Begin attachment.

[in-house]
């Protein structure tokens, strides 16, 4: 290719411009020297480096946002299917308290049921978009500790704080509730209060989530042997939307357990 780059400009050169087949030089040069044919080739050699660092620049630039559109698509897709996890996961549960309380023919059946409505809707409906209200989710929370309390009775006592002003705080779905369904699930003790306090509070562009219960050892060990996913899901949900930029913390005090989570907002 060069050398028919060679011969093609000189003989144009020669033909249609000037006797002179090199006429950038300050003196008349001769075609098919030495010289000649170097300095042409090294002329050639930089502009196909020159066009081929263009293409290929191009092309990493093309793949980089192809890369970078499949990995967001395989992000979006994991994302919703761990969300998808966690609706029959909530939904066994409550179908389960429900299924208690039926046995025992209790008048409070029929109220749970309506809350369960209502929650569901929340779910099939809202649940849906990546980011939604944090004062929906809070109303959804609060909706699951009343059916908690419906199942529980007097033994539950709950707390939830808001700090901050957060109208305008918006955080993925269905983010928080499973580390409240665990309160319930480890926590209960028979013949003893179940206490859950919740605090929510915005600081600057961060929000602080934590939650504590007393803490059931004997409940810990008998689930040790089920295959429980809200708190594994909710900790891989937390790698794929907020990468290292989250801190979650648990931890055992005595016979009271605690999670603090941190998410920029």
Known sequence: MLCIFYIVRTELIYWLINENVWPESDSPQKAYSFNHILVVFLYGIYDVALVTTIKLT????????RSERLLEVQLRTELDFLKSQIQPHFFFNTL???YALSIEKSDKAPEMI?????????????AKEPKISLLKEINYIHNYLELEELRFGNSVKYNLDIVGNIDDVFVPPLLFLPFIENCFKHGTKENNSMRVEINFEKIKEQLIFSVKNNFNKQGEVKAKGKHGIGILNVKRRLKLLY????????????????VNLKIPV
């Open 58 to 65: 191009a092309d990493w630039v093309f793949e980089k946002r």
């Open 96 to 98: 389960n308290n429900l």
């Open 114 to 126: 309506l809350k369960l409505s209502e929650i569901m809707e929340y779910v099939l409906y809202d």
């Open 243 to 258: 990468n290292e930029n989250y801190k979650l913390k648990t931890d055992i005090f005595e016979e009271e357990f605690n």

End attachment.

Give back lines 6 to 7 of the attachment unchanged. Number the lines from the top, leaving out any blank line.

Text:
């Open 114 to 126: 309506l809350k369960l409505s209502e929650i569901m809707e929340y779910v099939l409906y809202d």
């Open 243 to 258: 990468n290292e930029n989250y801190k979650l913390k648990t931890d055992i005090f005595e016979e009271e357990f605690n």